• Miranda Devine wrote a column in the New York Post covering the movie and appeared on Fox News’ Fox & Friends where she pushed the false “mules” conspiracy theory and pointed to D’Souza’s movie as evidence.
  • Right-wing site Breitbart published an article covering the release of the movie’s trailer. The piece was titled “Trump Reveals Trailer of Explosive ‘2000 Mules’ Ballot Harvesting Documentary at Ohio Rally.”
  • The Gateway Pundit published an article promoting the release of the movie titled “Dinesh D’Souza Releases Movie Poster for ‘2000 Mules’ on 2020 Election Fraud — Premiere Dates Announced — May 2 thru May 7.” The site later suggested the leak of the draft Supreme Court opinion overturning Roe v. Wade was timed to suppress D'Souza's film.
  • Newsmax host Grant Stinchfield called D’Souza’s trailer a “bombshell” during the January 31 edition of his show Stinchfield.
  • OAN has heavily promoted the film, and one host even claims to be traveling to Mar-a-Lago for its premiere.
  • Buck Sexton invited D’Souza to promote the film on his show Hold the Line.
  • QAnon-affiliated Matrixxx Groove Show had D’Souza on as a guest to promote the movie.
  • Overstock.com founder Patrick Byrne, who has heavy ties to QAnon shows and influencers, has promoted the film on his Telegram channel.

On April 30, D’Souza shared a video to his YouTube channel outlining the many ways people can watch 2000 Mules, including in over 300 theaters across the U.S. and a virtual premiere following which the movie will be hosted on a Rumble-owned site. D’Souza went on to claim:

We're releasing this movie in a very novel way because we're in an age of censorship and so the normal places that I put movies, which is you find them in Apple iTunes and Amazon Prime -- no, this movie is not going to be available in those ways.

Reprinted with permission from MediaMatters.

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Former President Donald Trump, left, and former White House counsel Pat Cipollone

On Wednesday evening the House Select Committee investigating the Trump coup plot issued a subpoena to former White House counsel Pat Cipollone, following blockbuster testimony from former White House aide Cassidy Hutchinson, who said the lawyer had warned of potential criminal activity by former President Donald Trump and his aides.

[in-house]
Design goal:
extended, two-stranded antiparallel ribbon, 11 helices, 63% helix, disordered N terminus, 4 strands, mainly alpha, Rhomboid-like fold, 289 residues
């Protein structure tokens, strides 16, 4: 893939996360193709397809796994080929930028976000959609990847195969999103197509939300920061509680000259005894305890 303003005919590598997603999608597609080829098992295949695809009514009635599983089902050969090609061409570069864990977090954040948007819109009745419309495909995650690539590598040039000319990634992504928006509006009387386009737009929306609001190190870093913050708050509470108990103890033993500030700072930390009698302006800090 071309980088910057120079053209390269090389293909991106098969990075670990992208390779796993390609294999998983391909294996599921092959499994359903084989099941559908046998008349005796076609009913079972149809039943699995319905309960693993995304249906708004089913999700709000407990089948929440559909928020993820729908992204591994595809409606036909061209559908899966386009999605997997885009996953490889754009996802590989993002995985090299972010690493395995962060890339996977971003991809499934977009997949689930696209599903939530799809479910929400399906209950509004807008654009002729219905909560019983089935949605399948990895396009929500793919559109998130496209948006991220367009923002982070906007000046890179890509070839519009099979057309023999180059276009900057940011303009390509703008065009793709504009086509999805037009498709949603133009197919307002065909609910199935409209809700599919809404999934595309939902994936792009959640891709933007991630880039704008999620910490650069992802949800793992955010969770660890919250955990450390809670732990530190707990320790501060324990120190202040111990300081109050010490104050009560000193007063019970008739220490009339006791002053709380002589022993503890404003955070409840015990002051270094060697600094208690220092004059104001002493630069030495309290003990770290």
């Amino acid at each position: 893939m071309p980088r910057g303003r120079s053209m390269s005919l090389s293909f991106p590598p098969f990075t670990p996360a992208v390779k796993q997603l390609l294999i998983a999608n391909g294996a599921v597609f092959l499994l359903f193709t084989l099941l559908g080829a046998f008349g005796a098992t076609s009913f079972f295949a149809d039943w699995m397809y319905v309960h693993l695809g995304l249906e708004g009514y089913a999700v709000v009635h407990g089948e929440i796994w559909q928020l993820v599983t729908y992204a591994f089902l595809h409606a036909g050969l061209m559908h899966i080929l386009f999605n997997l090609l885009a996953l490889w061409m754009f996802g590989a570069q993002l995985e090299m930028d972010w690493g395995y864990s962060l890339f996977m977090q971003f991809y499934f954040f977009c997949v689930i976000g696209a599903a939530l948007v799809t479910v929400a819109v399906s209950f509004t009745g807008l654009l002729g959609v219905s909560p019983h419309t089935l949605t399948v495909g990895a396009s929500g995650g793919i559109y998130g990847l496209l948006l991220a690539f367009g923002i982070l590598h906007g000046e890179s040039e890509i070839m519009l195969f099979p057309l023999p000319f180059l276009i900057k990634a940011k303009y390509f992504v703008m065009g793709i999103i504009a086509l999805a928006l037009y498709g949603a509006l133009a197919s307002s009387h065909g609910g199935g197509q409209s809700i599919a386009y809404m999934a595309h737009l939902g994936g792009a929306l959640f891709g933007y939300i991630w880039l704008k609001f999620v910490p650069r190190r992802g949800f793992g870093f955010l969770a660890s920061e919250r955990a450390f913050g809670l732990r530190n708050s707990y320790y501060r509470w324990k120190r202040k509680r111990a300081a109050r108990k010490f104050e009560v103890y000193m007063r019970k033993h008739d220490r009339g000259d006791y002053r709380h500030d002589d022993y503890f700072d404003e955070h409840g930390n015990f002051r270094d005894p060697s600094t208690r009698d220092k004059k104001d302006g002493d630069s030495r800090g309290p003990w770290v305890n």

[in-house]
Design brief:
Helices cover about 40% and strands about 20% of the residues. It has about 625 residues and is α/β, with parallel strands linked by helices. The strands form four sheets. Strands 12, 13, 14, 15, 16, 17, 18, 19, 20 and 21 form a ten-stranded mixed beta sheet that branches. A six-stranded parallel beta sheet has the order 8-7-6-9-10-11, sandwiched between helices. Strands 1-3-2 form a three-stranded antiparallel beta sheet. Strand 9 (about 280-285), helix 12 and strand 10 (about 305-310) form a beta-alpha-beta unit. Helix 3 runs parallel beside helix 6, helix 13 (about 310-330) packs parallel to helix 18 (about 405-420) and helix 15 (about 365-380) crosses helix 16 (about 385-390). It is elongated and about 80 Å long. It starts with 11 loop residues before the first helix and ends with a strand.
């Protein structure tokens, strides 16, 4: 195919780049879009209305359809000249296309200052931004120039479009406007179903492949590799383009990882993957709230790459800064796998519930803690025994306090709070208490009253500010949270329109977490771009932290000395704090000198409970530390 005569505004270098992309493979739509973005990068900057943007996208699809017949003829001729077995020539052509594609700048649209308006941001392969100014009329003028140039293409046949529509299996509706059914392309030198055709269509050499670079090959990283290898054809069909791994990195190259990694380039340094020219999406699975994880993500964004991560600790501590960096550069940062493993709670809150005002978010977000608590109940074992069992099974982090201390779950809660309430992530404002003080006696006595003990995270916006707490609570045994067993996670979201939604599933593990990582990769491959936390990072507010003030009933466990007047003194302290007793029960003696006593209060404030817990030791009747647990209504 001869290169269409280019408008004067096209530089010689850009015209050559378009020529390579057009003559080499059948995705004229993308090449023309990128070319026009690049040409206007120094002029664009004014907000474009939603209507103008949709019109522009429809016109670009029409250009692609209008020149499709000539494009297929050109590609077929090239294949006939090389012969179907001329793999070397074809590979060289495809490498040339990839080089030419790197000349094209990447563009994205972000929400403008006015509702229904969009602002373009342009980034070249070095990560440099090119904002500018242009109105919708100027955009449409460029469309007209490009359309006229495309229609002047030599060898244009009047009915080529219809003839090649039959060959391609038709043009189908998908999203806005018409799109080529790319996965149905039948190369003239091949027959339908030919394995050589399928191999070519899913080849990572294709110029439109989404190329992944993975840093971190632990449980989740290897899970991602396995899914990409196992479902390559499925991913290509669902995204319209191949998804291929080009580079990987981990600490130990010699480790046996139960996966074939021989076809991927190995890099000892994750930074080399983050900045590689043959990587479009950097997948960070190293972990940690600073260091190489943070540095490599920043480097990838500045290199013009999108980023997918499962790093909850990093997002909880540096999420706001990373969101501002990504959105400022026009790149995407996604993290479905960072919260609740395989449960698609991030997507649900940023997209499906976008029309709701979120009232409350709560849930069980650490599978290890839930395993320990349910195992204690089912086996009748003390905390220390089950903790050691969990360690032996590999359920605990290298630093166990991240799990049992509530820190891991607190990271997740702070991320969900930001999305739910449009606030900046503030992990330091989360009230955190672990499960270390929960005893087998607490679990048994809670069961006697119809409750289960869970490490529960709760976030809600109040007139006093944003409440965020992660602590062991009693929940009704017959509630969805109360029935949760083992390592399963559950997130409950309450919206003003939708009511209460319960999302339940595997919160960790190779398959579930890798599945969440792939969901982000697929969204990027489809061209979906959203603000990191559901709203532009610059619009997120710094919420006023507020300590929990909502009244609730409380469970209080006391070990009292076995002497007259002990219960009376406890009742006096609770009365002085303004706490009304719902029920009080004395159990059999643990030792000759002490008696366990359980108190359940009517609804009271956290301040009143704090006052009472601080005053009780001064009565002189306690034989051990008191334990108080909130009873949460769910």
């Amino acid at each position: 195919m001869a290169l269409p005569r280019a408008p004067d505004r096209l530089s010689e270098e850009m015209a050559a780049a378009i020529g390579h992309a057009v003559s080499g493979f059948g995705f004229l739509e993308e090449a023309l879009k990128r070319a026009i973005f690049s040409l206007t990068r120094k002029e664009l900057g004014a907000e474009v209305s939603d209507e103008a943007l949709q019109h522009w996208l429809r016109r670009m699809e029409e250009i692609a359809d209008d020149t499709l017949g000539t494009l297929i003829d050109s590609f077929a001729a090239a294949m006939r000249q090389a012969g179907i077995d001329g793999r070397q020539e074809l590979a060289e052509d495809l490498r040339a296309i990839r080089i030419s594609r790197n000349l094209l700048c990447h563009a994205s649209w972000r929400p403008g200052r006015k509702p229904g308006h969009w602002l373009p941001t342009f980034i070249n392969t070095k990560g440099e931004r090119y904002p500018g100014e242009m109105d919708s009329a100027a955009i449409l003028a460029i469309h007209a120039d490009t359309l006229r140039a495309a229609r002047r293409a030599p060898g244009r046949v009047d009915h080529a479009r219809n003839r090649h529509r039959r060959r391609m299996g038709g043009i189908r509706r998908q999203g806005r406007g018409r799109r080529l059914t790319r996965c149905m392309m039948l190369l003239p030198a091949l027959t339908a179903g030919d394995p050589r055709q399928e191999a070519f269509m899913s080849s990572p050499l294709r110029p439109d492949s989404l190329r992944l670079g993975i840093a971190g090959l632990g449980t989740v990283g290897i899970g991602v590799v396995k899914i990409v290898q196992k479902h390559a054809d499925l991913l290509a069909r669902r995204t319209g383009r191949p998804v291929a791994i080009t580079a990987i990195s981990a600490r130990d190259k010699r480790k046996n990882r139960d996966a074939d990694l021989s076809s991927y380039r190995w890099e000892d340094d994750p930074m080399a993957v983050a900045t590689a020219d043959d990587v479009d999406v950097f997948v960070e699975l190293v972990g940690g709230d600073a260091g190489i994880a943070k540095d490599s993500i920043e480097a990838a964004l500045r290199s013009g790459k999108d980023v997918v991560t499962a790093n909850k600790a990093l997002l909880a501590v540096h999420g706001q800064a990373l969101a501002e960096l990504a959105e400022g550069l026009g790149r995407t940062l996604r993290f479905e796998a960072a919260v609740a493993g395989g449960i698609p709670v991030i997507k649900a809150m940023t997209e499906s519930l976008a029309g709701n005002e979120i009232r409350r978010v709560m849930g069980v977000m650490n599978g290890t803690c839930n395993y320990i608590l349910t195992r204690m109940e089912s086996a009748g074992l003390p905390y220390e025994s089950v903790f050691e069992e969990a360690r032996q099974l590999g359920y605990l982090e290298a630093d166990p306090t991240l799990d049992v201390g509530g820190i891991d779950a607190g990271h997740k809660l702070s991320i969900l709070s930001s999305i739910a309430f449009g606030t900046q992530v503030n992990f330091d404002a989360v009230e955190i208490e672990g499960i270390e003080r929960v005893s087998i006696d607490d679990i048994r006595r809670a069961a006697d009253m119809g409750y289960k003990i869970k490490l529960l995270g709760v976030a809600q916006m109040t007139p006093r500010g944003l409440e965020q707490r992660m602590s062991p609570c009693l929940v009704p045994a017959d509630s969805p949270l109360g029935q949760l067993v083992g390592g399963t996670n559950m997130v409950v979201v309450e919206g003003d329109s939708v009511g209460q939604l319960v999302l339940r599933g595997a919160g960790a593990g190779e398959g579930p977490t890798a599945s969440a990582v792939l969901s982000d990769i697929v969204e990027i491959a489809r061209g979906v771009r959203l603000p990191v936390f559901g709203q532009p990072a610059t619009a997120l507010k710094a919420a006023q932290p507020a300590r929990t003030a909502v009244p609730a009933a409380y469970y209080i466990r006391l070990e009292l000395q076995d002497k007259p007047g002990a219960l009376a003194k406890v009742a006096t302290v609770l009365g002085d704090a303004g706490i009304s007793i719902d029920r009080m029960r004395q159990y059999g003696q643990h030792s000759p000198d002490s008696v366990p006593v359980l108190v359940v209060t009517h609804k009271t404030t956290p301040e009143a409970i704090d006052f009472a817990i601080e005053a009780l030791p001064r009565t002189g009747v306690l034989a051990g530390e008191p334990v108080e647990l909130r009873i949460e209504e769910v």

The committee summons to Cipollone followed long negotiations over his possible appearance and increasing pressure on him to come forward as Hutchinson did. Committee members expect the former counsel’s testimony to advance their investigation, owing to his knowledge of the former president's actions before, during and after the January 6, 2021 attack on the U.S. Capitol.

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Mark Meadows

Donald Trump’s White House Chief of Staff Mark Meadows wanted a presidential pardon. He had facilitated key stages of Trump’s attempted 2020 coup, linking the insurrectionists to the highest reaches of the White House and Congress.

But ultimately, Meadows failed to deliver what Trump most wanted, which was convincing others in government to overturn the 2020 election. And then his subordinates, White House security staff, thwarted Trump’s plan to march with a mob into the Capitol.

Meadows’ role has become clearer with each January 6 hearing. Earlier hearings traced how his attempted Justice Department takeover failed. The fake Electoral College slates that Meadows had pushed were not accepted by Congress. The calls by Trump to state officials that he had orchestrated to “find votes” did not work. Nor could Meadows convince Vice-President Mike Pence to ignore the official Electoral College results and count pro-Trump forgeries.

And as January 6 approached and the insurrection began, new and riveting details emerged about Meadow’s pivotal role at the eye of this storm, according to testimony on Tuesday by his top White House aide, Cassidy Hutchinson.

Meadows had been repeatedly told that threats of violence were real. Yet he repeatedly ignored calls from the Secret Service, Capitol police, White House lawyers and military chiefs to protect the Capitol, Hutchinson told the committee under oath. And then Meadows, or, at least White House staff under him, failed Trump a final time – although in a surprising way.